A thought came to mind recently of the term “One and Done”. Knowing that I had heard the term before but unsure of its actual meaning. I proceeded to look it up to find the following; One and Done is the rule effectively mandated that players spend at least one year in college. That High school players who would otherwise have jumped directly into the NBA were required instead to play in college for a year before leaving and entering the draft……….
Although there are many arguments either for or against the rule, I have chosen to delve in a bit deeper on this rule and blog on what most interests me. Of course, if you have an opposing view be sure to share it in the comment section but be kind about it.
Both my work and personal experience with young people leads me to believe that “One and Done” clearly allows time and space for necessary development. That development which has happened physically allows for maturation socially, emotionally, and in cognitive development.
Many would argue that physically these players/individuals already possess the skillset to play professionally and I do agree. However, with the inept ability to manage the social/emotional implications there’s increased risk of – crash and burn. Research shows that an 18 year-old makes far riskier/ impulsive decisions in an attempt to plan and reach a goal. More so than someone in their mid-20s. This is due in part to lack of experience, but primarily to an underdeveloped brain. The brain’s reward system tends to reach a high level of activation during puberty, then gradually drifts back to normal activation when a person reaches roughly the age of 25. This concept, we also see in the actions of the car insurance industry where higher premiums are charged for drivers under 25, who are believed to be immature and inexperience at operating a vehicle and prone to accidents.
I would also like to interject that sports and insurance are not the only relatable experiences here. Relationships, Careers, Finances, and Spirituality are also relevant. Because we don’t mature in all aspects of life on an even keel, it is common to see someone physically mature and emotionally bankrupt, or spiritually adequate and socially starved. How about in business, where managers are great at managing projects but inadequate at managing people? Somewhere there is a gap and a need for interventions that help bring qualitative balance.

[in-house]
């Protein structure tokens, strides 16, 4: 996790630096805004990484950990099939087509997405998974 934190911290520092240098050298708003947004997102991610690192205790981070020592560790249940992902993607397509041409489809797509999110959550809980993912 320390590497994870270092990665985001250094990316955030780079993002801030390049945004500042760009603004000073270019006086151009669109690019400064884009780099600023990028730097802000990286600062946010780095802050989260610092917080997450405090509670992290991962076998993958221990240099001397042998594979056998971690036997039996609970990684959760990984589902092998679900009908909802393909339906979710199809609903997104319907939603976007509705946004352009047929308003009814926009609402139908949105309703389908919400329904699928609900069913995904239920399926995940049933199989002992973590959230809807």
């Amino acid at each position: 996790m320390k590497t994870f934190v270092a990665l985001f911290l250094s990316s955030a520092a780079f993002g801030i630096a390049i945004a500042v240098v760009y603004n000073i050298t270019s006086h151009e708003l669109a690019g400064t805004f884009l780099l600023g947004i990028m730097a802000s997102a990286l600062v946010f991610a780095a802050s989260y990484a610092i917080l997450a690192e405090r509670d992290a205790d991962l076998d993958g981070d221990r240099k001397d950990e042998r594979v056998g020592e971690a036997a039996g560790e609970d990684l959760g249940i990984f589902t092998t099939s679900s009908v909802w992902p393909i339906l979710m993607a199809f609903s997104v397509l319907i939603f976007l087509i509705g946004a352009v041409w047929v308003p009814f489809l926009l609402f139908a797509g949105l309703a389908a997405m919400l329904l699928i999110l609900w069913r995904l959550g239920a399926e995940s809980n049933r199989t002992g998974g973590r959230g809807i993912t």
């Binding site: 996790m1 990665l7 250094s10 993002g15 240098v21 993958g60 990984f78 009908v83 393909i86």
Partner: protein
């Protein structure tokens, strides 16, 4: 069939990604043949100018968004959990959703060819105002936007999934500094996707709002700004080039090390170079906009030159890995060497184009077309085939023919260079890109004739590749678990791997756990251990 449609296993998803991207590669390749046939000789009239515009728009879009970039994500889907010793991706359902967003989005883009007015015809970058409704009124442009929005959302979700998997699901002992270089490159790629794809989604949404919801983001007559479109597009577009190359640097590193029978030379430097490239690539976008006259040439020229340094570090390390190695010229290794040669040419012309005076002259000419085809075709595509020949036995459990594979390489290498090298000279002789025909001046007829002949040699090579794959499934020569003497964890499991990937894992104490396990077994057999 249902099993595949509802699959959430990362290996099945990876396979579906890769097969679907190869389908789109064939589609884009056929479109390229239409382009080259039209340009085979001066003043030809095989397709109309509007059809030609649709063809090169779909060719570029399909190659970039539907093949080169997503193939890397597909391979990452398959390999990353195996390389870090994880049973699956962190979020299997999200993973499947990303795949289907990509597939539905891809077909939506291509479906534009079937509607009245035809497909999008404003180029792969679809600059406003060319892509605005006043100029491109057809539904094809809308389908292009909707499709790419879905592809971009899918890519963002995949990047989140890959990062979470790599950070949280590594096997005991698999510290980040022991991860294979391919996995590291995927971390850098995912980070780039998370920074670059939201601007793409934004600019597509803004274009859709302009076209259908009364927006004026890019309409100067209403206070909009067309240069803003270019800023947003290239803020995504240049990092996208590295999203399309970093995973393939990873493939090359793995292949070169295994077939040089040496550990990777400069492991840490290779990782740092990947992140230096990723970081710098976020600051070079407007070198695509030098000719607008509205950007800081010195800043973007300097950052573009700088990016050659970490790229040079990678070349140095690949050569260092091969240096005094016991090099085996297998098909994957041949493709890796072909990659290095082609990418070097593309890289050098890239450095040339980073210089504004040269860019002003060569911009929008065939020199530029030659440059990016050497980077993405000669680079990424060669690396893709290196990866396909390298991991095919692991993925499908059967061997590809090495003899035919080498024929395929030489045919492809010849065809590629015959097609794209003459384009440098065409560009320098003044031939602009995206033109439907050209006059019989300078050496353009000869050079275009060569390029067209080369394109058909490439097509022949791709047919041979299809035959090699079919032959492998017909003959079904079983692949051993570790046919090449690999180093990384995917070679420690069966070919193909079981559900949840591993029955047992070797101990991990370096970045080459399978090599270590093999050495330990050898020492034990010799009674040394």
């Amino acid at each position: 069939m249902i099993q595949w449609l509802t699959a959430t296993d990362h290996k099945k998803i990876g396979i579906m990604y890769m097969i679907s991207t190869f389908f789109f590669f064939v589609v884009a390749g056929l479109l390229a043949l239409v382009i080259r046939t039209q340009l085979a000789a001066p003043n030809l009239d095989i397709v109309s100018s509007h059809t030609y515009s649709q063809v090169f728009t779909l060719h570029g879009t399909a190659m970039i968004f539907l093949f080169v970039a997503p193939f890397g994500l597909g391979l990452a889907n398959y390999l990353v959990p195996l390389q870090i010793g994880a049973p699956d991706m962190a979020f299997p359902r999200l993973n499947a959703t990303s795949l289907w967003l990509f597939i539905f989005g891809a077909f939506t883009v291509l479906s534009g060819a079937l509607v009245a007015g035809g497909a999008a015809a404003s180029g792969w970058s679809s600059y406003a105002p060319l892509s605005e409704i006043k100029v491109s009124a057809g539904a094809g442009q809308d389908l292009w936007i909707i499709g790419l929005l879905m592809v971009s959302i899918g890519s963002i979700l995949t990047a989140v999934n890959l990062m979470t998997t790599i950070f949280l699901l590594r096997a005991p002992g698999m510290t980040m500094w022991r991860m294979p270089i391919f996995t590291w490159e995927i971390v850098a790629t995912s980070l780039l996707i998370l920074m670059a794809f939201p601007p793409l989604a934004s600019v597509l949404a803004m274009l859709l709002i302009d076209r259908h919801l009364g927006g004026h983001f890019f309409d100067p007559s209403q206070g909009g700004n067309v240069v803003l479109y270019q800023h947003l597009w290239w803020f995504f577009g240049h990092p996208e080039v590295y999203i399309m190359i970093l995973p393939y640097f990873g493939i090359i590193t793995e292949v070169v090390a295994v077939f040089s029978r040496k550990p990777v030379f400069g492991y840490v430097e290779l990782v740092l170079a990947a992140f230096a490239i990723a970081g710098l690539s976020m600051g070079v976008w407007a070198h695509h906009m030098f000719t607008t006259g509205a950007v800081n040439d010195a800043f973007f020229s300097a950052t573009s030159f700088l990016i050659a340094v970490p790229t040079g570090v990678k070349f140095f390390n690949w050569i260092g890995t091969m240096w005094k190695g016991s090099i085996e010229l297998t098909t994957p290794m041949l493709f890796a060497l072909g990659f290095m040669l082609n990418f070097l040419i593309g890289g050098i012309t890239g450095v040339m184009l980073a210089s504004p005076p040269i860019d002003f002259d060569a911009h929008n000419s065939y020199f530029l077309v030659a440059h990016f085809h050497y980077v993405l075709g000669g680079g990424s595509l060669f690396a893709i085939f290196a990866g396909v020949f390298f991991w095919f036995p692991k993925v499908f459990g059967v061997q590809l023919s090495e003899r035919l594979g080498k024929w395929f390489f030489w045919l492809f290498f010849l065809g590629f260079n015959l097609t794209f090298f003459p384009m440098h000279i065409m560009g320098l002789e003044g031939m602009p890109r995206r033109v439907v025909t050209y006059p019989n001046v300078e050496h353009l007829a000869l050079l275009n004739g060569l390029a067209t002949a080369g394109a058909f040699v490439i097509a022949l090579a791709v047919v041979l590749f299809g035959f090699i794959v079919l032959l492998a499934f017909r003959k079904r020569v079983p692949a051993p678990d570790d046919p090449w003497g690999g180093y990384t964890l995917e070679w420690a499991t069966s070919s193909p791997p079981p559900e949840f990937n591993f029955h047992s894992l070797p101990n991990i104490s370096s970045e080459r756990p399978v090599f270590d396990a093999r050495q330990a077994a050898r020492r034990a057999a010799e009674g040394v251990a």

What is even more interesting is that this rule is up for review and there is a likely chance that it will no longer apply come 2020. If that is the case and the rule does go away, my hope is that that all parties are proactive in developing a culture to lessen the impact of this (new) environment on these young but exemplary athletes. A culture ready and able to recognize potential problems and provide early interventions that can result in better outcomes.
I end by saying growth is inevitable but balanced growth is not. Although development is a continuous process, it is one that occurs in a series of qualitatively different steps. Therefore, there will always be a need for research, for studies, for subjects and samples to help us as humans to reach our true potential.
Everywherehas a thing, a thing that is most common, a thing that is most celebrated, a thing that serves as the core of what it takes (a group of people) to exist. Whether in Australian where the tall poppy syndrome is hard to resist, or in the In Filipinos where bayanihan practice exists.
When we encounterEverywherein person, via television or on the world wide web, we soon recognize that there exists a culture. The culture then becomes at best, the norm or standard. The norm evolves and thus affects virtually every part of daily living, and quite often becomes so routine that participants are unaware of their specific behaviors and actions.